Have you ever been hungry and decided to pop a piece of gum in your mouth? But wouldn’t that just make you hungrier? Chewing gum stimulates the gastric juices, meaning there is more saliva. You then swallow the saliva and your stomach thinks there is food coming down. When no food comes down, you become hungry. It is like chewing food but spitting it out. The body thinks it is getting food and nutrients but ends up getting nothing.
To test this, one experiment was done that made contributors chew gum before every meal and track their food in a food diary. The results were that the ones who chewed gum before eating their meals ate less, but the meals they consumed had a lot more calories and a lot less nutritious foods.
Another study took a completely different route. This University of Rhode Island study showed people who chew gum eat 68 fewer calories at their lunch, while avoiding sugary foods. Louisiana State University says chewing gum can help control appetite, decreasing their normal calorie amount by 40 calories.
One more article showed that chewing gum does not lessen amount of food ingested or hunger. They said although they technically ate less meals, they just ate more at those meals. They also said people who chew gum eat more junk food because the minty taste makes healthy foods taste bad, similar to brushing your teeth then drinking orange juice.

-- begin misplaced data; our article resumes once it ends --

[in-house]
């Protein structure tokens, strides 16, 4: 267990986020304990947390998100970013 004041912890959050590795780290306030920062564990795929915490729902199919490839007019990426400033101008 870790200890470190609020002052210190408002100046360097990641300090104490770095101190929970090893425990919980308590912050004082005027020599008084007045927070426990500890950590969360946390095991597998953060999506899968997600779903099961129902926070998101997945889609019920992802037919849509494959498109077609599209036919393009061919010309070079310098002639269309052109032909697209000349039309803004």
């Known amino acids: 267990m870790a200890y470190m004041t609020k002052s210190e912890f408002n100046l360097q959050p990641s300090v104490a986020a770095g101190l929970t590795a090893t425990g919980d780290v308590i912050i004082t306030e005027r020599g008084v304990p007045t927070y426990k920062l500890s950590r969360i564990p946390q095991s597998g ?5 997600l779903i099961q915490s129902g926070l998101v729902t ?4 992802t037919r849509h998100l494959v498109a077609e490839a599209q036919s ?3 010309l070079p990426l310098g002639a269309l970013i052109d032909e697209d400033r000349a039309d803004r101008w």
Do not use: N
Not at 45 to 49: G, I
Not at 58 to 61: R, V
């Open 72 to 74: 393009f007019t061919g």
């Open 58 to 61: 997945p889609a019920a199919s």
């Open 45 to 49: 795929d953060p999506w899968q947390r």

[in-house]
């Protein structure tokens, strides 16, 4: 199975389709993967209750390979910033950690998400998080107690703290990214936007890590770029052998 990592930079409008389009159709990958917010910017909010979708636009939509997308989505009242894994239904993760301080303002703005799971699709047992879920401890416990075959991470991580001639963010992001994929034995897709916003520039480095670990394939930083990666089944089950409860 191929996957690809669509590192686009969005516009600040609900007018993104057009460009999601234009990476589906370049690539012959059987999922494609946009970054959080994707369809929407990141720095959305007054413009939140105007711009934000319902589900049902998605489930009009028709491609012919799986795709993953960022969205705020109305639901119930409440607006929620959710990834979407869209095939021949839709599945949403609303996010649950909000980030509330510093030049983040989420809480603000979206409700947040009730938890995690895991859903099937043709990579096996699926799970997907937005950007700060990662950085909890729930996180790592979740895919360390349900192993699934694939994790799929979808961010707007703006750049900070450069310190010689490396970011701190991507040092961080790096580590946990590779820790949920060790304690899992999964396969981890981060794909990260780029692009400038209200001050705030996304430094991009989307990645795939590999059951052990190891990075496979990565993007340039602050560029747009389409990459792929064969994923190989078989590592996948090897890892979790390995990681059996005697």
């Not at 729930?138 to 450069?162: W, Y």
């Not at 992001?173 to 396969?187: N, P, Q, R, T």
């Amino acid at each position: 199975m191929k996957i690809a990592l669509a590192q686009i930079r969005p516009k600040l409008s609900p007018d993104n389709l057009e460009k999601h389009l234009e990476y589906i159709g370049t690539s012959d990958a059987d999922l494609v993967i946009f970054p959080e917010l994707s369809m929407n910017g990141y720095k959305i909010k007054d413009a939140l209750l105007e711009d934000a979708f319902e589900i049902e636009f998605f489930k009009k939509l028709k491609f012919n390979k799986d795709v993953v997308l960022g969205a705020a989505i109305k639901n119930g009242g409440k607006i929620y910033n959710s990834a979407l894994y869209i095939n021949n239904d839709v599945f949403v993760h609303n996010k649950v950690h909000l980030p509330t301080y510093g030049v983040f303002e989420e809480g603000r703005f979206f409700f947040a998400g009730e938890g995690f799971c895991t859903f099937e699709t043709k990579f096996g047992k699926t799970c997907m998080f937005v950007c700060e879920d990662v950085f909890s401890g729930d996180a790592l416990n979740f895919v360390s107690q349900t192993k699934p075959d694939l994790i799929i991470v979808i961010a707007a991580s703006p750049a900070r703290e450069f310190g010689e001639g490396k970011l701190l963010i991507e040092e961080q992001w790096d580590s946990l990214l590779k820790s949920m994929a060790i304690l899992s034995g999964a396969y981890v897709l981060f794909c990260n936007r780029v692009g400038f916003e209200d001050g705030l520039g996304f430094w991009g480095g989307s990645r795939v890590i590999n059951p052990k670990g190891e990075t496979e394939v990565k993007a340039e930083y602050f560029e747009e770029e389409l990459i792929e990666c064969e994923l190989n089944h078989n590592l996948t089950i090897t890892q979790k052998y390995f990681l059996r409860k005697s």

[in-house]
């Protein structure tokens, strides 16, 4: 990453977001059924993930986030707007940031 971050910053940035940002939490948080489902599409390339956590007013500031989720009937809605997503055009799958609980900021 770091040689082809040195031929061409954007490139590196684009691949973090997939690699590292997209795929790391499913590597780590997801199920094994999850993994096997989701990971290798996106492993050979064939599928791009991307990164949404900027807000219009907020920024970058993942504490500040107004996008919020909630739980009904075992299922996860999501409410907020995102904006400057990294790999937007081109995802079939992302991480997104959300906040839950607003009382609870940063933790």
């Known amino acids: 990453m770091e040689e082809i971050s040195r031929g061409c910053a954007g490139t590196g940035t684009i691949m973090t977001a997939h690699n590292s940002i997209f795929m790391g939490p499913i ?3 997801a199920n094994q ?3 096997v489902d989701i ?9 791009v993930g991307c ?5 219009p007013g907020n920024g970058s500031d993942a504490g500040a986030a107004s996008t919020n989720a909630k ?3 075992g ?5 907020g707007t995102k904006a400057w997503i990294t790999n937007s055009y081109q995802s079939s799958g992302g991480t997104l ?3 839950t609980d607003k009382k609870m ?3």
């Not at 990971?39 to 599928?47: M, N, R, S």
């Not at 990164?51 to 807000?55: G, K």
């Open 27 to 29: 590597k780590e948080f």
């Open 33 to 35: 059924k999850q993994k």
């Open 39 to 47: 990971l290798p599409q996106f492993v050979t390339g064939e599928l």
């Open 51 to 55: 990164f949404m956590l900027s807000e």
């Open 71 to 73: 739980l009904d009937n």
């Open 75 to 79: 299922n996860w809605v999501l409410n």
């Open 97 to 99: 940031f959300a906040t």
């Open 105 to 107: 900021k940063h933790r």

Almost every study about chewing gum is different. For example, “Appetite” in May 2007 studied that chewing gum 15 minutes per hour after lunch made people want salty snacks not sweet ones. Then, in October 2011, “Appetite” did another study with chewing gum 15 minutes per hour after lunch and found that those people ate 10% less in general for their snack three hours later.
There really is no right answer to this problem. Personally, I would think it would make one hungrier because they are chewing and not swallowing anything. Maybe some better studies could be done. They could feed people of the same health, diet, and age the same exact meals and then give half of them gum to chew and half of them not. This would be a controlled double-blind trial, making it able to be more accurate. After a month of doing this, one could check what the control groups ate after they chewed the gum later in the day. They would be given a plate of food each night and told to eat as much as they were hungry for. Then, scientists could check the results and see how chewing gum really affects one’s appetite.
With so many different conclusions, it could be hard to settle on a decision. Who knows, maybe one day my personal experiment will be done and that will be the final answer. Only time will tell…